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My team is ready to release the first version of our Linux program and would like to do so in the easiest possible manner (for users).

The program needs no external files, no install, and is statically linked.

ELF 32-bit LSB executable, Intel 80386, version 1 (GNU/Linux), statically linked, for GNU/Linux 2.6.15, not stripped

My question is whether such a binary will run on most Linux platforms (Ubuntu, Redhat, OpenSuse, etc)?

I'm also a bit concerned about the part where it says 'for GNU/Linux 2.6.15', does this mean that they need kernel 2.6.15 or higher?

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Full statically linked programs are not recommended anymore.

The portability layer moved from kernel calls into the basic libraries (remember the pthread desaster and the problems with LinuxThreads <-> NPTL threads?).

Follow the LSB 4.0 standard. Trust in the existence of the libraries mentioned there (not so many unfortunately) and bundle all the other shared libraries with your application. There is a linker flag - i think it was -L - where you can set a ldd path which has precedence over all other settings during shared library loading so your libs are always loaded first.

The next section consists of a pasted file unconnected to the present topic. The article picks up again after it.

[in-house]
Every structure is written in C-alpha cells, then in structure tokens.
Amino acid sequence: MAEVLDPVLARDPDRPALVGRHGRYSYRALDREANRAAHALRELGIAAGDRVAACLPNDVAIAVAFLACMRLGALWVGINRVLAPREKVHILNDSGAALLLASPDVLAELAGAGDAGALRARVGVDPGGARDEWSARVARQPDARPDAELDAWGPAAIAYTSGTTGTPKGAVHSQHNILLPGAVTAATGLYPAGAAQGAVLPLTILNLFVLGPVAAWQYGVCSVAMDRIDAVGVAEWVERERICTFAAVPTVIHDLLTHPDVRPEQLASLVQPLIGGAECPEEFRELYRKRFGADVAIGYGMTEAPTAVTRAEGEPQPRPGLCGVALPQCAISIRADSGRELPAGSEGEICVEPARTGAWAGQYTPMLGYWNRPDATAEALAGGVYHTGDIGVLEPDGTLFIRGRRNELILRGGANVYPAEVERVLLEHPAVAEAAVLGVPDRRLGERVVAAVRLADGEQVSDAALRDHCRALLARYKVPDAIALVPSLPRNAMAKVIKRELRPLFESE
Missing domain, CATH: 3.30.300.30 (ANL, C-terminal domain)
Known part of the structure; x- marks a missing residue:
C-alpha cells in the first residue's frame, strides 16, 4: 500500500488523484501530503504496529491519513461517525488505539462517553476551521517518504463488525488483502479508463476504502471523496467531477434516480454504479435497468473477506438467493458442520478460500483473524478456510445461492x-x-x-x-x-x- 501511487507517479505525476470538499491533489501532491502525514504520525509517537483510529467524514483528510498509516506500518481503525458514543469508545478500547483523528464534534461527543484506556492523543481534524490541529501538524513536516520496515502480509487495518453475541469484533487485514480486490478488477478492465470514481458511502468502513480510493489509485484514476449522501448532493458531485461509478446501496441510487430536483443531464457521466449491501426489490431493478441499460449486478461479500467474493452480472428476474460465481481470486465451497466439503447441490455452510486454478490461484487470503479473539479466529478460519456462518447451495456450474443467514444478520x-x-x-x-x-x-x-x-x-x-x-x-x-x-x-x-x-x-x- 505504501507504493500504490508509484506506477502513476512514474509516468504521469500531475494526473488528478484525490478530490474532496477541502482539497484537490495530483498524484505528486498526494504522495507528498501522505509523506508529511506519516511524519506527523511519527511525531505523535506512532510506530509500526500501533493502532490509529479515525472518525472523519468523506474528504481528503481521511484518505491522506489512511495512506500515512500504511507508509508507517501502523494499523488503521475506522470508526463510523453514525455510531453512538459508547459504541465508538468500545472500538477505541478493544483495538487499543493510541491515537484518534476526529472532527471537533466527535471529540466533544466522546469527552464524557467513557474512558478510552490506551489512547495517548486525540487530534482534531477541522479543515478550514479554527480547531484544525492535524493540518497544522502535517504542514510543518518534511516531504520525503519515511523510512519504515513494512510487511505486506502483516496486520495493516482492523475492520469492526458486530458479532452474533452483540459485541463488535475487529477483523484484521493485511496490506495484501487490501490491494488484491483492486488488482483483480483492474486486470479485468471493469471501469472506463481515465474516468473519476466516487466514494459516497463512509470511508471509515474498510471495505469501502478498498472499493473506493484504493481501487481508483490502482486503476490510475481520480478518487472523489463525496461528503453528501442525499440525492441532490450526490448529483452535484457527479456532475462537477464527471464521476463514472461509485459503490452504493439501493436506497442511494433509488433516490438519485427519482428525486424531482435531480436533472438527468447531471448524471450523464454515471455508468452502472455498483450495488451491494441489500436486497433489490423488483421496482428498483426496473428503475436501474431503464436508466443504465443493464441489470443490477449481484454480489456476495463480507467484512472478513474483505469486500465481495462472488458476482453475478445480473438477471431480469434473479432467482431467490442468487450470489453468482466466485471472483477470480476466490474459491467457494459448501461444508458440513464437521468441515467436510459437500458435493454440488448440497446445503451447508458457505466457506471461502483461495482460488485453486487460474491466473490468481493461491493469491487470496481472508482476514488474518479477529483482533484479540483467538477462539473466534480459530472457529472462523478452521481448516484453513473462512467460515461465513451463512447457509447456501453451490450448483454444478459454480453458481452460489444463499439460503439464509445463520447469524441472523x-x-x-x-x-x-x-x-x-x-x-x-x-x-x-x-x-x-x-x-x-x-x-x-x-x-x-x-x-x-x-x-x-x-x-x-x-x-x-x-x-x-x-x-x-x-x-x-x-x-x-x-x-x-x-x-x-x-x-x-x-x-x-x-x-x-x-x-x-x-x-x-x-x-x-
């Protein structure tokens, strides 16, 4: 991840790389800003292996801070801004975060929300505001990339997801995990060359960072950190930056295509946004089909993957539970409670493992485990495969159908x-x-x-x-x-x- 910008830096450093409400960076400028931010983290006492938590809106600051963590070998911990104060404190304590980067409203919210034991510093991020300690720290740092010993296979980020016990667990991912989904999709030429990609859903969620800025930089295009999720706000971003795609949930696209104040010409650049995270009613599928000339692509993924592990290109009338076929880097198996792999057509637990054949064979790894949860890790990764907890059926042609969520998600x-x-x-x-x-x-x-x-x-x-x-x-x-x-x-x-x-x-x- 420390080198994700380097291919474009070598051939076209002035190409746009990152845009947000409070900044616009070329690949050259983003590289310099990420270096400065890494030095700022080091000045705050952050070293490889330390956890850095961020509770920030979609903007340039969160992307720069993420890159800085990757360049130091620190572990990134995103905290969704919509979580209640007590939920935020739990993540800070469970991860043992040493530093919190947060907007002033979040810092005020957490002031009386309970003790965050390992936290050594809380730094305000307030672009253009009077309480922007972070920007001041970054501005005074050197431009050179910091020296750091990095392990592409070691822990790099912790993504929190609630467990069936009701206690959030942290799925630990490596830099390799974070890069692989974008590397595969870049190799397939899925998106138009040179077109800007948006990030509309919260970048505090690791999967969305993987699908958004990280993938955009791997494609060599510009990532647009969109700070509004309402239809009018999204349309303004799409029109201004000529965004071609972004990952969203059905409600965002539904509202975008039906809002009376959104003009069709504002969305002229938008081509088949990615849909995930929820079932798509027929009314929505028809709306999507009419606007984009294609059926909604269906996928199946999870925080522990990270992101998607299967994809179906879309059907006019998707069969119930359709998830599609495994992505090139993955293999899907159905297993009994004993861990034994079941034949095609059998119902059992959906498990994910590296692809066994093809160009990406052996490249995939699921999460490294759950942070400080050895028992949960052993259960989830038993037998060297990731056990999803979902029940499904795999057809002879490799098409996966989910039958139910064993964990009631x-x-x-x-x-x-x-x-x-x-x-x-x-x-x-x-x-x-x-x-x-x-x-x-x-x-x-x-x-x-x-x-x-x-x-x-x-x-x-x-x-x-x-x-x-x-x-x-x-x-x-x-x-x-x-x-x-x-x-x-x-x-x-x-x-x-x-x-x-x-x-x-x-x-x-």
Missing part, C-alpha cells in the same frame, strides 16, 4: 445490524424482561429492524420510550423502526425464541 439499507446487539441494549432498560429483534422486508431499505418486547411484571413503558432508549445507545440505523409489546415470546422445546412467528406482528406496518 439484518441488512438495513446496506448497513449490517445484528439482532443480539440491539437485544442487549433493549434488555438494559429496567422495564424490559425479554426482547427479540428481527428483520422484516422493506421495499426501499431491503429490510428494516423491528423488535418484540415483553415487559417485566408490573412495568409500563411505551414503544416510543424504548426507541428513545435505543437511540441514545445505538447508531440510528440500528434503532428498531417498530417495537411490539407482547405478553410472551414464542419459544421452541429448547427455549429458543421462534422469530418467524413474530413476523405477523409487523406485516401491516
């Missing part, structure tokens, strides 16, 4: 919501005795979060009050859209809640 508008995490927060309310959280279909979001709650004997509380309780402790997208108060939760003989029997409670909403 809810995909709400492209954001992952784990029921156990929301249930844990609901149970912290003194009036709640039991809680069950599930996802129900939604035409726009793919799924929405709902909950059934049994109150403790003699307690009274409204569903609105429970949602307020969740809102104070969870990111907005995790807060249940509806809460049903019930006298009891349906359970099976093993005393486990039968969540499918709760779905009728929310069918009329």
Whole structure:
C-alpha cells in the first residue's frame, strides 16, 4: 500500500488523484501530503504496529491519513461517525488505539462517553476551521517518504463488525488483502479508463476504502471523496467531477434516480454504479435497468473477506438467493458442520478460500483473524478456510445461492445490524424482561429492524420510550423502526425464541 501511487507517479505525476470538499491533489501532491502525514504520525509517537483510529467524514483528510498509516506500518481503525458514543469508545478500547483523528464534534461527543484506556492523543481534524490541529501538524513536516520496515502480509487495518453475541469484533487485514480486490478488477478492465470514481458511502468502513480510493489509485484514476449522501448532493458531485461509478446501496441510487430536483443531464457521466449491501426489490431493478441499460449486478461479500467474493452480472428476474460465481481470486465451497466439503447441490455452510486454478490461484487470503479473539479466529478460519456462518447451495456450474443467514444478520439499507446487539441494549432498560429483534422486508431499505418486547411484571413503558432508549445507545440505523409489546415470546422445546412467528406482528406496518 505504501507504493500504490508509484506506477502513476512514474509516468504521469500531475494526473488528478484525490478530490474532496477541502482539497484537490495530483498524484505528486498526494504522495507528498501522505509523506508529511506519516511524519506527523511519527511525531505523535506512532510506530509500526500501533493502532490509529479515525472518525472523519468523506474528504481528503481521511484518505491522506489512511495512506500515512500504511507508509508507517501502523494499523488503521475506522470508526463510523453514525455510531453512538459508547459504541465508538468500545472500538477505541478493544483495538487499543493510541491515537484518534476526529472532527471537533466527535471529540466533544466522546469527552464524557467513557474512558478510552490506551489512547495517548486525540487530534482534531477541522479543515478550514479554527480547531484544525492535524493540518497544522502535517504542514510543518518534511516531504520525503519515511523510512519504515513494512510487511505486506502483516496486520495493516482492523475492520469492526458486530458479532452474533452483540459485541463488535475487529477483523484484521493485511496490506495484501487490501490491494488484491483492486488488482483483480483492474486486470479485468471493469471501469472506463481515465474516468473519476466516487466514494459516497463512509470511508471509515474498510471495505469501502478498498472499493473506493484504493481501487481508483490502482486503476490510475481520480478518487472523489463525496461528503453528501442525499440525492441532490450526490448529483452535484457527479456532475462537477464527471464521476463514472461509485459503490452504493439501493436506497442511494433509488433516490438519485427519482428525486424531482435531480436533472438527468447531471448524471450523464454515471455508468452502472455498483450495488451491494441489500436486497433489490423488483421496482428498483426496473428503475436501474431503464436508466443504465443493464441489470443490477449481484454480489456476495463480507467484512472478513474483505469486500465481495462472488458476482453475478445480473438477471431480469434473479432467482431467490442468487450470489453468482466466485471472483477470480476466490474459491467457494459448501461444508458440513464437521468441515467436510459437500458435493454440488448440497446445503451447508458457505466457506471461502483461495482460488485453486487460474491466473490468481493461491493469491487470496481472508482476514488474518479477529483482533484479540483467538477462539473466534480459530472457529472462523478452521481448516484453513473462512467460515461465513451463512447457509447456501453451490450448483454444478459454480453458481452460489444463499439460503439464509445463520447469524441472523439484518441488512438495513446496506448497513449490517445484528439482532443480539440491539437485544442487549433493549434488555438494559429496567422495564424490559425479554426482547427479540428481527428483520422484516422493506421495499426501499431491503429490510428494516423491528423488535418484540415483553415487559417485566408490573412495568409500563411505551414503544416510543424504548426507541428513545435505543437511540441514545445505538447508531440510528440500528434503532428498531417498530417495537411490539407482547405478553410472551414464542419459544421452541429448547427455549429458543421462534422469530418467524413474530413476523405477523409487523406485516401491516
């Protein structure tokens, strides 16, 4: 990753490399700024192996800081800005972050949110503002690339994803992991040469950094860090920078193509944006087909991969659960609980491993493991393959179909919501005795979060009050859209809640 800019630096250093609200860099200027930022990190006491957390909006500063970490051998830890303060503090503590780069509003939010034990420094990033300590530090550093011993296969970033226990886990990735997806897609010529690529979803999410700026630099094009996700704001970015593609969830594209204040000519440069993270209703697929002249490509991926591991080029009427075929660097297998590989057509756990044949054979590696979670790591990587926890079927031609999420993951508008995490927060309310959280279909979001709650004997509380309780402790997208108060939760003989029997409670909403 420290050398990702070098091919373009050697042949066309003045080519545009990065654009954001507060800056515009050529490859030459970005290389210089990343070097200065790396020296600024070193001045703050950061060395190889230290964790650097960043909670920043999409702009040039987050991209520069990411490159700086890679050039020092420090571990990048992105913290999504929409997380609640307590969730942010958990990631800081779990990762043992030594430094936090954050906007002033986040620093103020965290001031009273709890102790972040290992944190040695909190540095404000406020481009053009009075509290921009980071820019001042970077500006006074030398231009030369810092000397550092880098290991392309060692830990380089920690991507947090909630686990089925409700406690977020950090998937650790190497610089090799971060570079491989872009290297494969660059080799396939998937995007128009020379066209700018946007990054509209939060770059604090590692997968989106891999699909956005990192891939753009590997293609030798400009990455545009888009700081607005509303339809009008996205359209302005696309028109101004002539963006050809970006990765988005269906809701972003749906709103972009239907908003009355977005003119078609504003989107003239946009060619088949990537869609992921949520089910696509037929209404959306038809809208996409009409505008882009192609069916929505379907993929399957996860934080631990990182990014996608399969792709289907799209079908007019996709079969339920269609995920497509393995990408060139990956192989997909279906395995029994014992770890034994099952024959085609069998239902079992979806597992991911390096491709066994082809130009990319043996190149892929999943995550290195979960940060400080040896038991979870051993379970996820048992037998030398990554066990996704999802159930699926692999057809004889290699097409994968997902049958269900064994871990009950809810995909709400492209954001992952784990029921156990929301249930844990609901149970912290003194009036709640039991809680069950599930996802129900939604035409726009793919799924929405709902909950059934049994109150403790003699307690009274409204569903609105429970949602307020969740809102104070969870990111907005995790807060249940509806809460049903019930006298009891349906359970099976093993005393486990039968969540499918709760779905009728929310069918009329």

Make sure that all libraries only call LSB approved API functions (or have a look on the LSB website and see how serious a non supported LSB API call is - sometimes you simply can't avoid it and they have a list of Distributions that support this call).

This is the recommended way to deliver binary executables. And it still sucks a lot on Linux compared to Windows/MacOSX.

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Ok, thanks for the info, I'll look into it. –  Nick Aug 31 '10 at 2:46

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